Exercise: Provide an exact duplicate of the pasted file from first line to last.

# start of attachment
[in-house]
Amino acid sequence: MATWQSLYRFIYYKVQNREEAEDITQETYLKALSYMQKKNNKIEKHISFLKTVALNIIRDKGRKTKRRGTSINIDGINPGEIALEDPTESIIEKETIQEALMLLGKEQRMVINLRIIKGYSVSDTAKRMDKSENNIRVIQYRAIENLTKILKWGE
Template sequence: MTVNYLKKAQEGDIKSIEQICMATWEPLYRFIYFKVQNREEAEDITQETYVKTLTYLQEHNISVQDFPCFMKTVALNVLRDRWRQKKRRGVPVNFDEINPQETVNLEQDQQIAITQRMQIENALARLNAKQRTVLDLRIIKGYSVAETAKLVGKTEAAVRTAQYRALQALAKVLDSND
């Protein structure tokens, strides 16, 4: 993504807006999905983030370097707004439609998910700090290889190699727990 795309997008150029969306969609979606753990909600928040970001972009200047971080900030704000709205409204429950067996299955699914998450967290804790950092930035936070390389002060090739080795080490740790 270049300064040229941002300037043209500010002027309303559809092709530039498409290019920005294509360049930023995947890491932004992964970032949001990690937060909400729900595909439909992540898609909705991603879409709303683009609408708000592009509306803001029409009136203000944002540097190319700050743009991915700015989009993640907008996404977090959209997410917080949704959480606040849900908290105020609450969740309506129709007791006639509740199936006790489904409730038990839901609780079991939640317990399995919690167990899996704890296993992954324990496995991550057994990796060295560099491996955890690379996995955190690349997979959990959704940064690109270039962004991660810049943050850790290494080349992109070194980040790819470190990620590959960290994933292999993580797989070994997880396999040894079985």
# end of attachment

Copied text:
[in-house]
Amino acid sequence: MATWQSLYRFIYYKVQNREEAEDITQETYLKALSYMQKKNNKIEKHISFLKTVALNIIRDKGRKTKRRGTSINIDGINPGEIALEDPTESIIEKETIQEALMLLGKEQRMVINLRIIKGYSVSDTAKRMDKSENNIRVIQYRAIENLTKILKWGE
Template sequence: MTVNYLKKAQEGDIKSIEQICMATWEPLYRFIYFKVQNREEAEDITQETYVKTLTYLQEHNISVQDFPCFMKTVALNVLRDRWRQKKRRGVPVNFDEINPQETVNLEQDQQIAITQRMQIENALARLNAKQRTVLDLRIIKGYSVAETAKLVGKTEAAVRTAQYRALQALAKVLDSND
């Protein structure tokens, strides 16, 4: 993504807006999905983030370097707004439609998910700090290889190699727990 795309997008150029969306969609979606753990909600928040970001972009200047971080900030704000709205409204429950067996299955699914998450967290804790950092930035936070390389002060090739080795080490740790 270049300064040229941002300037043209500010002027309303559809092709530039498409290019920005294509360049930023995947890491932004992964970032949001990690937060909400729900595909439909992540898609909705991603879409709303683009609408708000592009509306803001029409009136203000944002540097190319700050743009991915700015989009993640907008996404977090959209997410917080949704959480606040849900908290105020609450969740309506129709007791006639509740199936006790489904409730038990839901609780079991939640317990399995919690167990899996704890296993992954324990496995991550057994990796060295560099491996955890690379996995955190690349997979959990959704940064690109270039962004991660810049943050850790290494080349992109070194980040790819470190990620590959960290994933292999993580797989070994997880396999040894079985």